Ruth Beckermann was born in Vienna, where she also spent her childhood. After her studies in journalism and history of art in Vienna, Tel Aviv and New York, she took her PhD in 1977 at the University of Vienna. She since contributed as a journalist to several Austrian and Swiss magazines. Since 1985 she works as a writer and filmmaker.
In “East of War," the spectacle offered by the interaction between several ex-members of the Nazi Wehrmacht is enthralling. At the time the film was made — in the mid 1990s — they had already aged, over five decades having passed since the end of the conflagration. They are filmed by Ruth Beckermann while visiting a contemporary exhibition about the atrocities committed on the Eastern Front by the Wehrmacht troupes during World War II. Their reactions are divergent: some are either vocal in their criticism of the negative light in which they and their fellow soldiers’ intervention has been painted, or they try to contextualise the magnitude of their crimes by comparing them to those of their old Russian enemies, while others are reliving episodes that to them were harrowing and abhorrent, which they’ve never been able to forget or make their peace with. The presence of the filmmaker and of the camera crew generates all sorts of hilarious and/or outrageous moments, always turning their attention to the visitors of the exhibitions, rather than the exhibits themselves. What matters to them is the relationship of the present with the past, instead of the past itself. The result of this intention and of an astonishing ability to record the genuine, undisguised reactions of the characters is a masterpiece of human comedy, calling into a question a series of universal themes, such as forgetting and the memory of the past, or people’s ability and inability to face their own traumas and past actions with honesty and without warping them to their own advantage. (Andrei Rus)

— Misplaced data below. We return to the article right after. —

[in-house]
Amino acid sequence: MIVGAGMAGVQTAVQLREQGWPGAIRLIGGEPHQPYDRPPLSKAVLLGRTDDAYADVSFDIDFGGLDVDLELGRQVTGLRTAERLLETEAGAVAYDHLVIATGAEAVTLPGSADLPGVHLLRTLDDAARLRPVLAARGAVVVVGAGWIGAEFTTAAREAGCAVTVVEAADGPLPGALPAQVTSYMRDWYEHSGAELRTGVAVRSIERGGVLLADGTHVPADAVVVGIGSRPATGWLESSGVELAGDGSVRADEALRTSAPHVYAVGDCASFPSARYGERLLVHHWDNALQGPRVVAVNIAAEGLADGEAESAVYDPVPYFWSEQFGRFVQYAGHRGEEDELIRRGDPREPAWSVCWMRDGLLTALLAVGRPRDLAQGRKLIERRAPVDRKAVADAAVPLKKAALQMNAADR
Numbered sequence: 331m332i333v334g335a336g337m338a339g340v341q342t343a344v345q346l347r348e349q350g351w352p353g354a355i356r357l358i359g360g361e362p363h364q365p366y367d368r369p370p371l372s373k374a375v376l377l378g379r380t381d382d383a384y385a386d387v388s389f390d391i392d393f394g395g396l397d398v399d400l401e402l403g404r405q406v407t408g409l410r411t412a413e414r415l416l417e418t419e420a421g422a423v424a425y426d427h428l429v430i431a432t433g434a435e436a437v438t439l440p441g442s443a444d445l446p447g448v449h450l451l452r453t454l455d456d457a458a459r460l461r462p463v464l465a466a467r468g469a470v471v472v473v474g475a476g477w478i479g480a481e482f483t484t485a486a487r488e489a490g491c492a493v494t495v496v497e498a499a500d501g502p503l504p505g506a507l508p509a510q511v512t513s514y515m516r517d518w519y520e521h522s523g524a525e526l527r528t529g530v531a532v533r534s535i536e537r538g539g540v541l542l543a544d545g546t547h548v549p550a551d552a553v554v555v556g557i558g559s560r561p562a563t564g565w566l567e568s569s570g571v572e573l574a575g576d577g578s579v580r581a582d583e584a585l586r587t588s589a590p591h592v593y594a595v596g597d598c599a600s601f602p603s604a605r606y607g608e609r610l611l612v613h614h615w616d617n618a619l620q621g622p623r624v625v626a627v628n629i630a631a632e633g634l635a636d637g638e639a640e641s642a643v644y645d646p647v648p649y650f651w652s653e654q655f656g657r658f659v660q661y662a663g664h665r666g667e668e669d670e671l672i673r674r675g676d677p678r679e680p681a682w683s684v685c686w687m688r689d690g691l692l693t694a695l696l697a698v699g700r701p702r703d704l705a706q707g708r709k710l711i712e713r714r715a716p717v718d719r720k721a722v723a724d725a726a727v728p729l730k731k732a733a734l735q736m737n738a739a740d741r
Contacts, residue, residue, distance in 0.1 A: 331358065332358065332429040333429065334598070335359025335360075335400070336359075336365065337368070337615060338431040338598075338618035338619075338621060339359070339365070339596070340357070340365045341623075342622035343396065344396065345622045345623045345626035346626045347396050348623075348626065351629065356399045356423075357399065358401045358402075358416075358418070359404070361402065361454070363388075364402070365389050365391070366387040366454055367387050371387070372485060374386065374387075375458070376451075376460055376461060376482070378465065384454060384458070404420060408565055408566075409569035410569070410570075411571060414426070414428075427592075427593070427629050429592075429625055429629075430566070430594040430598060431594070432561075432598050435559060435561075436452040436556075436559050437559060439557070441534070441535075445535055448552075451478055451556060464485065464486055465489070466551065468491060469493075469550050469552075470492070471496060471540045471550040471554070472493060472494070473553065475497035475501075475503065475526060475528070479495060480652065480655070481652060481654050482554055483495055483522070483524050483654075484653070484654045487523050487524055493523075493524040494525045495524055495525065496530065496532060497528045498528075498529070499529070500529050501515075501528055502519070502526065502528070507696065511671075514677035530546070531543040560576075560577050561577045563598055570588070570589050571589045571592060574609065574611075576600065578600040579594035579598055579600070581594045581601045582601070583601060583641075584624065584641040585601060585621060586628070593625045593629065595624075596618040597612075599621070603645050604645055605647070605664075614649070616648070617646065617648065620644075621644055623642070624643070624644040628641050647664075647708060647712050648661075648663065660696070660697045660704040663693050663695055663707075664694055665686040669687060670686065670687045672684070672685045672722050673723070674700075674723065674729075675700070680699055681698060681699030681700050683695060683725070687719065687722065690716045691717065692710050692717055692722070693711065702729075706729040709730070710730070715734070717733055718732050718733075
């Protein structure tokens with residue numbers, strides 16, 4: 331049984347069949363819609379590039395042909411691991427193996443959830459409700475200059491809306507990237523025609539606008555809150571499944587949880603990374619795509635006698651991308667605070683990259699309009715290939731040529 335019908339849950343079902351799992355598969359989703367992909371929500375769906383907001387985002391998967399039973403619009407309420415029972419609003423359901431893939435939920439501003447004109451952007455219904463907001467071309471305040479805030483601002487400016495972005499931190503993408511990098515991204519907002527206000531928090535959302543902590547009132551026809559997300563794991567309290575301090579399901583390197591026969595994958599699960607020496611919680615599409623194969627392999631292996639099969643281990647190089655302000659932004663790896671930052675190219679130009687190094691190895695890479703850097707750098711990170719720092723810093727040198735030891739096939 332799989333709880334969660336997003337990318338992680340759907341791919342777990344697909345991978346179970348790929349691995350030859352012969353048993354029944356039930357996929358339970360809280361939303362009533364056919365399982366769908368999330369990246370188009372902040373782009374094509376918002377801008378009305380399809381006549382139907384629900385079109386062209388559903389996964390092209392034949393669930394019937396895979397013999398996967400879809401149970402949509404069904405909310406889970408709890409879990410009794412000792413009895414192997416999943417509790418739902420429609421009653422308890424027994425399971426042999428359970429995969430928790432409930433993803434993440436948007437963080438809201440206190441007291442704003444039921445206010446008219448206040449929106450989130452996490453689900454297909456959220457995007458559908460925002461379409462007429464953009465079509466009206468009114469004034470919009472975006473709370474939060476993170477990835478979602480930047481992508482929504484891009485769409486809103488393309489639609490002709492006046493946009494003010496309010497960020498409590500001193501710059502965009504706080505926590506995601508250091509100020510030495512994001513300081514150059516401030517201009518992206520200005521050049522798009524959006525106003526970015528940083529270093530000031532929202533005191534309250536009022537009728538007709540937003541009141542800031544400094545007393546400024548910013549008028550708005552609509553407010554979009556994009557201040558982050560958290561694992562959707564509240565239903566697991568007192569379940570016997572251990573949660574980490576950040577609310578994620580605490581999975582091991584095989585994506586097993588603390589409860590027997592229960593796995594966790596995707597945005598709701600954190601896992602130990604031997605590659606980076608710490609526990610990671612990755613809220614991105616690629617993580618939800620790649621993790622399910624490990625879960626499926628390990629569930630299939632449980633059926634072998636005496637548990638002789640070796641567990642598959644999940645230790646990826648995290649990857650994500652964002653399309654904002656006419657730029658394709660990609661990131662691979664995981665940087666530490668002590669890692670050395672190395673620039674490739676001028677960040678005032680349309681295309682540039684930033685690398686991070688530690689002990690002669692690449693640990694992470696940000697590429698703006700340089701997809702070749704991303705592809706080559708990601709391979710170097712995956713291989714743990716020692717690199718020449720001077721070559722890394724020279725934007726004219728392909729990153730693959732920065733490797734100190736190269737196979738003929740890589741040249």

awards and festivals
Berlin International Film Festival 1997
Cinéma du Réel 1997 - Jury Special Award, Libraries Award